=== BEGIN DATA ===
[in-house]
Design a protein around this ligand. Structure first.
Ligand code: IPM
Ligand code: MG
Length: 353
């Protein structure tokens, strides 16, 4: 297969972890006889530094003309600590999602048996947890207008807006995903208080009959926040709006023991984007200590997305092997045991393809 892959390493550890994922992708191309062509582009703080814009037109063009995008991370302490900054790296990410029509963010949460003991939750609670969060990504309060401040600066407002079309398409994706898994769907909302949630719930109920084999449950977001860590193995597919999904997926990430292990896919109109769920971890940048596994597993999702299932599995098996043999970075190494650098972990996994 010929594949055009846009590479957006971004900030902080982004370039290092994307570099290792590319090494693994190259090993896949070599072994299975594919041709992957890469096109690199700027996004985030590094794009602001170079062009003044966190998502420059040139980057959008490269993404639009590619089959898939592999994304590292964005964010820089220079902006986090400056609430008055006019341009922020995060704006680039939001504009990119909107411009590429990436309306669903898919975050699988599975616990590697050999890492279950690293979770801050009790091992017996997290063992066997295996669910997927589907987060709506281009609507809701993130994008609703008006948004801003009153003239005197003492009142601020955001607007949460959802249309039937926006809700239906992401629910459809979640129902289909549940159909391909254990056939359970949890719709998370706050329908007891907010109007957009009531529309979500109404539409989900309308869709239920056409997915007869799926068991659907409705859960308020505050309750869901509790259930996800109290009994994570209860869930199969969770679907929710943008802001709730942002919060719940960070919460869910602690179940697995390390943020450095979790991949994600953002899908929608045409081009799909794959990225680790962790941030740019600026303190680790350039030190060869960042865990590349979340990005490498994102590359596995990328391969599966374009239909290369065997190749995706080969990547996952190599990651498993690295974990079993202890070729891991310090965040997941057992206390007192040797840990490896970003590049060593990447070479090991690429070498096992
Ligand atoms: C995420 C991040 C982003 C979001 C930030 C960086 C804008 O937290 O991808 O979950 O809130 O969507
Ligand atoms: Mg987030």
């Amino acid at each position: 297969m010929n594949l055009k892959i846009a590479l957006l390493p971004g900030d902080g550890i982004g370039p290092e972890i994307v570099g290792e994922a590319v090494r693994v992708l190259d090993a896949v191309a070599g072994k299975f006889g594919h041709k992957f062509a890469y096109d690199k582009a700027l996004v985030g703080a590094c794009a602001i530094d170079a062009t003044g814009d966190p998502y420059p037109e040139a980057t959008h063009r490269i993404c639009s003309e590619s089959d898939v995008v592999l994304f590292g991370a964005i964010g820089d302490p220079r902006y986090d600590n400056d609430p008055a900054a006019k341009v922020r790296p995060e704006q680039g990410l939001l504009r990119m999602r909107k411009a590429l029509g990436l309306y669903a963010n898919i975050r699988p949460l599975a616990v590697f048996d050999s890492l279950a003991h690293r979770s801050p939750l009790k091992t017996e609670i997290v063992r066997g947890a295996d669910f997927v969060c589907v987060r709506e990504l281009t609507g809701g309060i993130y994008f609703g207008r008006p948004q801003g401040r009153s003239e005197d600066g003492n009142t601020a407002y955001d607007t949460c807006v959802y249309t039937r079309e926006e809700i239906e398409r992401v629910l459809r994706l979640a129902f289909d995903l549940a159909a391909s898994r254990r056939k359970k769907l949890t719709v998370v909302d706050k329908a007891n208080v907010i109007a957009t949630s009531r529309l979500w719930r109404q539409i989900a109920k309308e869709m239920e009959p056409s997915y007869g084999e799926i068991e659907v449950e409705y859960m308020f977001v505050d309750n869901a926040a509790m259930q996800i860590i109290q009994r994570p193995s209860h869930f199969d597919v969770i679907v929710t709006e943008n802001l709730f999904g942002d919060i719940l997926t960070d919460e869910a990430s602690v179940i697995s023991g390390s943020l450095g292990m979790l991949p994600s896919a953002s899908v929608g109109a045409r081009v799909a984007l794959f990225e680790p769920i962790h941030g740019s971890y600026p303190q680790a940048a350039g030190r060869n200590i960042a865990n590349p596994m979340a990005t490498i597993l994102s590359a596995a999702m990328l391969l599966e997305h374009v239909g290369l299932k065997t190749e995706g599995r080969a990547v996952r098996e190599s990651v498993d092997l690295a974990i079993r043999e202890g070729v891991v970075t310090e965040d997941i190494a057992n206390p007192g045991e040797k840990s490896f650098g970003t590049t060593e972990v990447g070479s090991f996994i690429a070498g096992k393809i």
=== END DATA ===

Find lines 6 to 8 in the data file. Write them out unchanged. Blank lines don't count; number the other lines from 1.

């Protein structure tokens, strides 16, 4: 297969972890006889530094003309600590999602048996947890207008807006995903208080009959926040709006023991984007200590997305092997045991393809 892959390493550890994922992708191309062509582009703080814009037109063009995008991370302490900054790296990410029509963010949460003991939750609670969060990504309060401040600066407002079309398409994706898994769907909302949630719930109920084999449950977001860590193995597919999904997926990430292990896919109109769920971890940048596994597993999702299932599995098996043999970075190494650098972990996994 010929594949055009846009590479957006971004900030902080982004370039290092994307570099290792590319090494693994190259090993896949070599072994299975594919041709992957890469096109690199700027996004985030590094794009602001170079062009003044966190998502420059040139980057959008490269993404639009590619089959898939592999994304590292964005964010820089220079902006986090400056609430008055006019341009922020995060704006680039939001504009990119909107411009590429990436309306669903898919975050699988599975616990590697050999890492279950690293979770801050009790091992017996997290063992066997295996669910997927589907987060709506281009609507809701993130994008609703008006948004801003009153003239005197003492009142601020955001607007949460959802249309039937926006809700239906992401629910459809979640129902289909549940159909391909254990056939359970949890719709998370706050329908007891907010109007957009009531529309979500109404539409989900309308869709239920056409997915007869799926068991659907409705859960308020505050309750869901509790259930996800109290009994994570209860869930199969969770679907929710943008802001709730942002919060719940960070919460869910602690179940697995390390943020450095979790991949994600953002899908929608045409081009799909794959990225680790962790941030740019600026303190680790350039030190060869960042865990590349979340990005490498994102590359596995990328391969599966374009239909290369065997190749995706080969990547996952190599990651498993690295974990079993202890070729891991310090965040997941057992206390007192040797840990490896970003590049060593990447070479090991690429070498096992
Ligand atoms: C995420 C991040 C982003 C979001 C930030 C960086 C804008 O937290 O991808 O979950 O809130 O969507
Ligand atoms: Mg987030």